Some years ago when we lived in B.C., Ken (my husband) and I joined a dragon boat race team from the hotel where he worked – the Pan Pacific – you know the one with the sails down in the Harbour. We didn’t have any experience but we were in the amateur, ‘fun’ category where you were participating to enjoy camraderie with fellow staff while getting some exercise and enjoying the great outdoors. It seemed like a great idea at the time!
You practised on the course two times a week for a month before the competition so that you could be in shape for the races. Race day you were lined up with six or seven other boats and you had to keep in your lane to avoid collision with another boat or risk not only disqualification but actual injury to life and limb.
Now, these races were probably no more than four or five minutes long which doesn’t seem all that difficult but you are paddling at a frenetic clip for the whole entire time while (theoretically anyways) being in sync with everyone else in the boat. At one end of the boat you have a drummer who keeps the beat and you dip your paddle in – keeping time to it while the steersman who in our case seemed to be a sadistic escaped lunatic screamed at you constantly to “Reach, Reach, reach you bloody bastards”.
And that’s just what you wanted to do. You wanted to reach up and grab that mofo by the neck and throw him overboard – and that fantasy is what kept you going for the next few minutes as the muscles in your back and neck were screaming to stop that instance and go find somewhere where you could lay down and die. And that was only the first heat. You had to go out again and repeat this insanity later that afternoon. And twice again the next day. We never participated again but we did actually have a lot of fun that year and we are glad we had the opportunity to do something we’d never tried before.
The Chihuly exhibit recently ended at the ROM. For those not familiar with Chihuly he is a master artisan who works in glass and is renowned around the world for his installations and individual pieces. He is from Seattle www.chihulygardenandglass.com and you can see his work in the entryway to the Royal York Hotel in Toronto as well as many other cities.
In November, a friend and I went to the ROM (the Royal Ontario Museum) in Toronto and took some photos of his work, which was allowed, and we got to see firsthand how much effort, talent and artistry goes into these works of art. Please see the video for a glimpse which pales in comparison to being surrounded by the real thing. Enjoy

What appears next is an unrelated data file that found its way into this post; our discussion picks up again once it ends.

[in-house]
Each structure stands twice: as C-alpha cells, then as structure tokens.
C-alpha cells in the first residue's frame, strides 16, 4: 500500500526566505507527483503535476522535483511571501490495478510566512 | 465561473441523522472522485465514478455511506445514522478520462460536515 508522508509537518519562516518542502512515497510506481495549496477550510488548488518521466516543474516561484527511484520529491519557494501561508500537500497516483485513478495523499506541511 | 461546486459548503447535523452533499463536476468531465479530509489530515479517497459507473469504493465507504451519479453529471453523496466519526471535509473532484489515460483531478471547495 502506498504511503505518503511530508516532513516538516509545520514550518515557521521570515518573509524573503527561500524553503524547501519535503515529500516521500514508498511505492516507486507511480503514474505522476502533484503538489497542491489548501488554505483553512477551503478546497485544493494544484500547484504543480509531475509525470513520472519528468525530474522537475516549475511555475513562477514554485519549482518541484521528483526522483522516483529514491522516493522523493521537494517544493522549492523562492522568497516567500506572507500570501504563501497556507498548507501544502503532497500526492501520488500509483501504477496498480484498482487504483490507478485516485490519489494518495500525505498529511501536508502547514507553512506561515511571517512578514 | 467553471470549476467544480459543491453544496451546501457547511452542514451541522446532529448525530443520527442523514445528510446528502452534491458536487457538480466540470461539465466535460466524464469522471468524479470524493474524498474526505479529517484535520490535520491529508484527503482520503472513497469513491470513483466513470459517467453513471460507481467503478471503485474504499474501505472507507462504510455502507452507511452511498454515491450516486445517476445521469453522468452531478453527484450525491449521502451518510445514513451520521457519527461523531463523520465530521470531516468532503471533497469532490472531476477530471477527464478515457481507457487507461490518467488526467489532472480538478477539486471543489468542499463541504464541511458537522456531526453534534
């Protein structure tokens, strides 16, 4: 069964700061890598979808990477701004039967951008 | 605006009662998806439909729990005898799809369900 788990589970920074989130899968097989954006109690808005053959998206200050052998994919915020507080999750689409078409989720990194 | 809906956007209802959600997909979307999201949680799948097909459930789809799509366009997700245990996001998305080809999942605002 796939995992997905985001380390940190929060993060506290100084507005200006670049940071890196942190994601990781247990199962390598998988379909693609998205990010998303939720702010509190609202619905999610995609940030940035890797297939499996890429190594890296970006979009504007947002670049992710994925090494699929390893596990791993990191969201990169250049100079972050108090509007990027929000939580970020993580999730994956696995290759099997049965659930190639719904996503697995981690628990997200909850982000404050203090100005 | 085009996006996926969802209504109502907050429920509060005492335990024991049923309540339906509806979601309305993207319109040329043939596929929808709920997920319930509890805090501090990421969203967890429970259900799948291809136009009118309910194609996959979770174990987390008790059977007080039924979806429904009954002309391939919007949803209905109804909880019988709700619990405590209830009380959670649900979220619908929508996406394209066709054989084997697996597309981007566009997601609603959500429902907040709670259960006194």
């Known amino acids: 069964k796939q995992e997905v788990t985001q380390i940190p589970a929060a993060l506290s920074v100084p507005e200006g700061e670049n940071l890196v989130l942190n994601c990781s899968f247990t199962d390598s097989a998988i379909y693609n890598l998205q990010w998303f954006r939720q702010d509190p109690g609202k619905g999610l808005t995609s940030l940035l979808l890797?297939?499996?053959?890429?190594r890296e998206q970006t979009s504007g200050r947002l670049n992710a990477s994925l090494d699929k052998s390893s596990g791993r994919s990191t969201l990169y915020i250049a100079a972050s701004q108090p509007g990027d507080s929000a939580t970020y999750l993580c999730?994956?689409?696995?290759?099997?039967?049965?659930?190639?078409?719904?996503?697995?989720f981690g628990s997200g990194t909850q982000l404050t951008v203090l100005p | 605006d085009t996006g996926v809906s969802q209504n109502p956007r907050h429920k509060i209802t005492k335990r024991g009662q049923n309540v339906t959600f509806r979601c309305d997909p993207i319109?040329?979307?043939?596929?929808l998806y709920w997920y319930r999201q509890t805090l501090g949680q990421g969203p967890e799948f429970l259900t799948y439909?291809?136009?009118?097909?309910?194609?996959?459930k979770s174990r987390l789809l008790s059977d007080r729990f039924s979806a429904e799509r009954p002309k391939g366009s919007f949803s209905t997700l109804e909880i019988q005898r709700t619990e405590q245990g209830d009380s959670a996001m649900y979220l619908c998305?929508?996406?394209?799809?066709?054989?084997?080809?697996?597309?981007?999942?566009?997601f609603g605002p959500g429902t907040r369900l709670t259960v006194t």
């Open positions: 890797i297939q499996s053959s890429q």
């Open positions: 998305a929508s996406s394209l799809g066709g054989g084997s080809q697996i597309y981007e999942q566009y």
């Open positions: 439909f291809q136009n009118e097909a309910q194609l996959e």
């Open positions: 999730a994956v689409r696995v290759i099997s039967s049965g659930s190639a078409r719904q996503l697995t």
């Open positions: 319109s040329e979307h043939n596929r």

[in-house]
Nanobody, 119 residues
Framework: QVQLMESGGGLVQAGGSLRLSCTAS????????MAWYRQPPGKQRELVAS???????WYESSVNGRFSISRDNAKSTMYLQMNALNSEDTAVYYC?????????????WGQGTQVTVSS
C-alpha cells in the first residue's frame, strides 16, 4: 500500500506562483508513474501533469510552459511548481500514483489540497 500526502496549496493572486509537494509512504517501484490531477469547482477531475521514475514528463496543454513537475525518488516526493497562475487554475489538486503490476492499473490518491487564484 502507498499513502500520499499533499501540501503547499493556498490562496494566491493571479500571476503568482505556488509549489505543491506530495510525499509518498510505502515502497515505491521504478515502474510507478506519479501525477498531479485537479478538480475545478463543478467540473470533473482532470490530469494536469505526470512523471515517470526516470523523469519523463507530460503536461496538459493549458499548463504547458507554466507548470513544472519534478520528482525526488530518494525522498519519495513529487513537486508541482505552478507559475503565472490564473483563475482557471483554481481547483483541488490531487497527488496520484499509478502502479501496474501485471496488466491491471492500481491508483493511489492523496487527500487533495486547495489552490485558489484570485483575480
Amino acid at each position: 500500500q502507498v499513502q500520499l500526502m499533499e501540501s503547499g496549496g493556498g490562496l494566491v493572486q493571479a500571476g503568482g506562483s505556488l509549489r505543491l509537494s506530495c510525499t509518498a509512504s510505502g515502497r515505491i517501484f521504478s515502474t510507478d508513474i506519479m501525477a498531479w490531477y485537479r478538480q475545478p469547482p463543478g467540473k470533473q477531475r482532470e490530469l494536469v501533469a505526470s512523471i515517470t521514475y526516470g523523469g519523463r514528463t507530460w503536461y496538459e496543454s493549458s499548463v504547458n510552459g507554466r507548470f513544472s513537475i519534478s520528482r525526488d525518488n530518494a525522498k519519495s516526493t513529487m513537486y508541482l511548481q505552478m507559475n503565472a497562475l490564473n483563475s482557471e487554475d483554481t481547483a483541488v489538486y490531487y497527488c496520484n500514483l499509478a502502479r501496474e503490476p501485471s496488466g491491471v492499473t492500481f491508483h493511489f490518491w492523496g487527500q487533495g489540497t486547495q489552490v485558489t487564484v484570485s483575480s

My fellow swamper and I decided to take in the annual Caribana festival some years ago and were up at some ungodly hour to take the Go train into the Exhibition grounds and make sure we had a good seat for the proceedings. I’m pretty sure we were the first ones there and we set our chairs up at a certain point along the parade route that we thought would give us the best advantage for taking photos.
As the morning progressed and things started getting busier, more and more campers were coming in and setting up tents and hauling in coolers and grills and we got to see what serious onlookers did to set up. Obviously this was a long all day event for them. I’m not sure we even thought ahead enough to bring water with us.
We met some really nice people from Antigua who come out for it every year and one of their daughters was taking part, we got to meet her later, lovely young lady. Well after noon, the parade finally started and the colours and the hoopla were meant for photography. Everyone seemed to be having a great time and the music was vibrant and made you want to get up and dance to it and the costumes were more beautiful with each passing group. The stars of the show though were the extravagant floats, some of which were worn by a shapely individual and hauled on wheels behind them to trailer floats with everyone dancing and playing instruments. It was a sea of colour and feathers and sensual brown bodies in complicated and colourful two pieces with towering headpieces of bejewelled adornment.
The Grande Parade will take place on Saturday, August 5th in 2017 but officially Caribana starts on August 3rd and runs until August 7th. Try and book a week-end at one of the hotels downtown as the later it gets on the day of the parade the more congested the traffic.